Making a lasting connection
Marketing can be thought of as an optional extra for manufacturers, but by having an ongoing relationship with customers, innovative manufacturers are finding new ways to add value.
One manufacturer that has seen how investing in marketing has increased the value of their products is Tradiebot. A spin-off of Plastfix, an automotive plastics repairs company, Tradiebot provides 3D printed plastic parts for automotive repair, along with virtual reality (VR) and augmented reality (AR) tools for the installation and repair of car parts.
Part of the job for Tradiebot, in their marketing, was not just to spread the word of their product, but to educate their customer base and industry about what their product was, and this partly determined what marketing they invested in.
David Chuter, CEO and managing director of the Innovative Manufacturing Cooperative Research Centre (IMCRC), outlined that connecting with a customer once a product is sold can be an extension of a firm’s marketing practices, and one that allows for value adding as a product ages.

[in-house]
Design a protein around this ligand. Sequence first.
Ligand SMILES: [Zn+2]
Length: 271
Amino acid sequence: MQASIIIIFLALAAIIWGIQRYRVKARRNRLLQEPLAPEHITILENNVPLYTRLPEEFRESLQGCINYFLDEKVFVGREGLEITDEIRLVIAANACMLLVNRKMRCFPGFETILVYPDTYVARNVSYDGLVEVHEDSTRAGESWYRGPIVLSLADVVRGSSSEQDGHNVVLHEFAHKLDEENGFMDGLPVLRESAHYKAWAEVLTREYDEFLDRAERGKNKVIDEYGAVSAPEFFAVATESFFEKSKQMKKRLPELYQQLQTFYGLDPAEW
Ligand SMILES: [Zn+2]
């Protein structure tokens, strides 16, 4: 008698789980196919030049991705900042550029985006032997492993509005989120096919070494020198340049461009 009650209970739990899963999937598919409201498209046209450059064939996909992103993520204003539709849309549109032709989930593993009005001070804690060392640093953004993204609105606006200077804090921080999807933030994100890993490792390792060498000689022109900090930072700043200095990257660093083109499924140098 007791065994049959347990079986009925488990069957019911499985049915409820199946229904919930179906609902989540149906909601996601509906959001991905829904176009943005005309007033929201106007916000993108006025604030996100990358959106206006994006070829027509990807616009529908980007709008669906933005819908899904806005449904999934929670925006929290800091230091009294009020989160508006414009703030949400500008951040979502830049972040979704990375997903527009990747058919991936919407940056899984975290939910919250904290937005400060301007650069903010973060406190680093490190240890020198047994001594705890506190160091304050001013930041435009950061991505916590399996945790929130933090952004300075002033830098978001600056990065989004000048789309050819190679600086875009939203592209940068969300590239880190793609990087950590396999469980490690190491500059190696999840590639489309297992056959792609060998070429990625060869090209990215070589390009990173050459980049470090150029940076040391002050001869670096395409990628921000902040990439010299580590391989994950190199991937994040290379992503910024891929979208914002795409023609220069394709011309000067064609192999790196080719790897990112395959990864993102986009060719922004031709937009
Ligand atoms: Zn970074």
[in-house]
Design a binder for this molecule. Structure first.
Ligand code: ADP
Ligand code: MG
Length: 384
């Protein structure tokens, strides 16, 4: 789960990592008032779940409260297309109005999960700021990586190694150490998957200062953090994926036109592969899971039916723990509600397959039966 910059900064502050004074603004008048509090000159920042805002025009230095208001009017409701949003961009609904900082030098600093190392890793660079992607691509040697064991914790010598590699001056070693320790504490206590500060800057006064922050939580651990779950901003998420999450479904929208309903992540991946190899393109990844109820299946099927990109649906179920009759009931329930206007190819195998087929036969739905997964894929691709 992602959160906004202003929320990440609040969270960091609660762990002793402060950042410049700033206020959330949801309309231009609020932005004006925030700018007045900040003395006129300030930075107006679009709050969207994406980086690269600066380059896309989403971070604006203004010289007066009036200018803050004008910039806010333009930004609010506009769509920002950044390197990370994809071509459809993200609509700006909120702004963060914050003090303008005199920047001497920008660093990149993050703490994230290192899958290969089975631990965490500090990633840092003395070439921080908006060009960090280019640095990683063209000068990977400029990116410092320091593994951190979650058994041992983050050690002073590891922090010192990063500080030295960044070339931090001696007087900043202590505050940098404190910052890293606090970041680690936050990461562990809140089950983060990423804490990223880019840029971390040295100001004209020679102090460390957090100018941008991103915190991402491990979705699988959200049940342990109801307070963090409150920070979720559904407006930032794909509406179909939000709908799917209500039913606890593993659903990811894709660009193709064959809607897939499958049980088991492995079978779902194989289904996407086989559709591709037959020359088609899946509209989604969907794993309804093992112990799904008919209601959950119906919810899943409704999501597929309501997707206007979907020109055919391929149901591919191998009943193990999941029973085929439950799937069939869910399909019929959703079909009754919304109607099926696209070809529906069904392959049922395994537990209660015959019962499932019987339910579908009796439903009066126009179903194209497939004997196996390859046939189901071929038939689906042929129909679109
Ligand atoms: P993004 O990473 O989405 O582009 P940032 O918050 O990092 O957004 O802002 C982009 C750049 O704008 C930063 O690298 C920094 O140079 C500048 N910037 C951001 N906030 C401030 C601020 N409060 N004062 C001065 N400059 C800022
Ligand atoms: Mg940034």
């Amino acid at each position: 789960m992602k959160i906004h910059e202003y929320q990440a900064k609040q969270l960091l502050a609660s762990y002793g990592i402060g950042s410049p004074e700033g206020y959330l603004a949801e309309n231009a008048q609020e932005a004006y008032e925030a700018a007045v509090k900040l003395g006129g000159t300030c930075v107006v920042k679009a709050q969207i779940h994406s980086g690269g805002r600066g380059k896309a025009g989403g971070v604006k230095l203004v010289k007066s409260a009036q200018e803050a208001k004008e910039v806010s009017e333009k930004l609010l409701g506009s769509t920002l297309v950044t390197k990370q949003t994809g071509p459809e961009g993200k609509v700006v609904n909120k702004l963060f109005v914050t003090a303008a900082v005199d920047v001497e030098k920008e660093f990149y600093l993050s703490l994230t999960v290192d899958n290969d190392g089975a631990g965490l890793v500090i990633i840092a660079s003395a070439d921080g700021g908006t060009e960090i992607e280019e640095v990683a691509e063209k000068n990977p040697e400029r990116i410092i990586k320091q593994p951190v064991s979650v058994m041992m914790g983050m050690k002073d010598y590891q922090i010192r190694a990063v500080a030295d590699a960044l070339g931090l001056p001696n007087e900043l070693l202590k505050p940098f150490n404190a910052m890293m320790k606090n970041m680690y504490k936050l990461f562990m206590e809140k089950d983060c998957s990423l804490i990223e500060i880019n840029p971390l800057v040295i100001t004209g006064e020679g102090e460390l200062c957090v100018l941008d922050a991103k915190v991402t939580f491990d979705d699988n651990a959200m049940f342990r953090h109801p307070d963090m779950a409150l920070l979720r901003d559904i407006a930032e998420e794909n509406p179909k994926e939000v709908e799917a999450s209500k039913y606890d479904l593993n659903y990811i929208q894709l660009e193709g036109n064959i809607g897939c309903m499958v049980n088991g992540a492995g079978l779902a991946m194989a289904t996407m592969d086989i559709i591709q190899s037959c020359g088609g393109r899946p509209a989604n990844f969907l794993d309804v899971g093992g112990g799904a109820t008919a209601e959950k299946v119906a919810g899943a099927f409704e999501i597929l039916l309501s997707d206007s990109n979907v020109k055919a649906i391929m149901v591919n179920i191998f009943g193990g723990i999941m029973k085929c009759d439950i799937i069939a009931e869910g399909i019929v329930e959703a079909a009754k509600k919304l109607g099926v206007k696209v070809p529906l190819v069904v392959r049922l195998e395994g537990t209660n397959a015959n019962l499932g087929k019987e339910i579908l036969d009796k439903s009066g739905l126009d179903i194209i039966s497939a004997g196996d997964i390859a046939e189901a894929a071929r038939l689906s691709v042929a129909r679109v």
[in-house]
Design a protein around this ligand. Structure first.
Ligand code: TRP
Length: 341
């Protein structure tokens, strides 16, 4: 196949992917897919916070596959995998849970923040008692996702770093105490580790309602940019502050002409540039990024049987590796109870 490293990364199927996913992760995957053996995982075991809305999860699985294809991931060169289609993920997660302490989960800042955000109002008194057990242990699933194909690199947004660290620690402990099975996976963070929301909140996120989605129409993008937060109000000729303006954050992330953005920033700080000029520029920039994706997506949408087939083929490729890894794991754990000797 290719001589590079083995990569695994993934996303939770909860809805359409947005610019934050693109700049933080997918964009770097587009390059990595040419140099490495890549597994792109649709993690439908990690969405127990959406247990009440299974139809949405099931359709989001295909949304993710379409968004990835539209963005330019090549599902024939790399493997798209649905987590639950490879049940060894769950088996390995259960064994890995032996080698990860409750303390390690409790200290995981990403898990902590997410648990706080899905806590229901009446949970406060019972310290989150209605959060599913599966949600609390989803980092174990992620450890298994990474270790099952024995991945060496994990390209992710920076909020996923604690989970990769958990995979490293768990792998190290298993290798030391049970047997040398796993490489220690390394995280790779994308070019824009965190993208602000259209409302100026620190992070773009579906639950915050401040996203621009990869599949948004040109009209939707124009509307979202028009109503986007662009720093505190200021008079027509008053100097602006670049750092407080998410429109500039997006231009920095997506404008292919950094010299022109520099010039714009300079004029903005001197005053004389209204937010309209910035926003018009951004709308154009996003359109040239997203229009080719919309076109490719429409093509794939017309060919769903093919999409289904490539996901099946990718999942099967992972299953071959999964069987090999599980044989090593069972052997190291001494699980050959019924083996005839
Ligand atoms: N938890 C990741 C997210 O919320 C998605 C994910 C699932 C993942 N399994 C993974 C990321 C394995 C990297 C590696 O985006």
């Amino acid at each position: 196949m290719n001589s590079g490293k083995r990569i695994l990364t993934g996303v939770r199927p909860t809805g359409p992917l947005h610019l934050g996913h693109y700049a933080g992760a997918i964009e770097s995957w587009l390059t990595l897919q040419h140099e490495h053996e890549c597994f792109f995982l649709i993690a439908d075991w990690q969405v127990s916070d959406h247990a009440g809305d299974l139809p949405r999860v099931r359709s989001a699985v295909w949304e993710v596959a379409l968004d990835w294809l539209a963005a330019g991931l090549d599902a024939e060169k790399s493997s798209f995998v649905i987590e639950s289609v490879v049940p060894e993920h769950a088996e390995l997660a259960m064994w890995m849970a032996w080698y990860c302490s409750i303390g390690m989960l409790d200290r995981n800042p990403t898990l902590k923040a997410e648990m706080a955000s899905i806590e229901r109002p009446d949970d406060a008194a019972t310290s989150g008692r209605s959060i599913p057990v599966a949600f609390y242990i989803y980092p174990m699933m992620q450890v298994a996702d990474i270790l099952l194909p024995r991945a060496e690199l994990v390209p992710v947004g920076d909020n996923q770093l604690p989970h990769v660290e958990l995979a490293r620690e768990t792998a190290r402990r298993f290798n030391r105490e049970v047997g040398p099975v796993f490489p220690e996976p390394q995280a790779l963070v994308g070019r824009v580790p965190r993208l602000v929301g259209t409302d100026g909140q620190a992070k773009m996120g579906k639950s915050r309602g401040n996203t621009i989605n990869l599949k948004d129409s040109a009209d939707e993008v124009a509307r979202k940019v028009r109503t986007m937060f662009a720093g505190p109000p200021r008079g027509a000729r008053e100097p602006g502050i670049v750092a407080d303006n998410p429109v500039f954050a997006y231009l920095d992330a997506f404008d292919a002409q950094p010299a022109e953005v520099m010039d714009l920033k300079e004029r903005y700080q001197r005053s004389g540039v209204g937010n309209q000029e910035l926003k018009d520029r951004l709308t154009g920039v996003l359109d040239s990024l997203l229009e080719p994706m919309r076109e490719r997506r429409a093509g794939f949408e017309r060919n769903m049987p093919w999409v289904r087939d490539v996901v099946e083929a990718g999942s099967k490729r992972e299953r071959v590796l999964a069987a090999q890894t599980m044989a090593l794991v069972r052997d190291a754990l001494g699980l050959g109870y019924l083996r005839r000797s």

“If a company that manufactures equipment is able to monitor how that equipment is used, they’re going to be able to learn an awful lot about what its maintenance schedules are, what its energy usage is, and all of that data should allow that company to iterate that back into their design processes to improve their machine.”
This kind of monitoring also allows companies to take ownership of what happens to a product at the end of its life, potentially adding value as the product is re-used or recycled.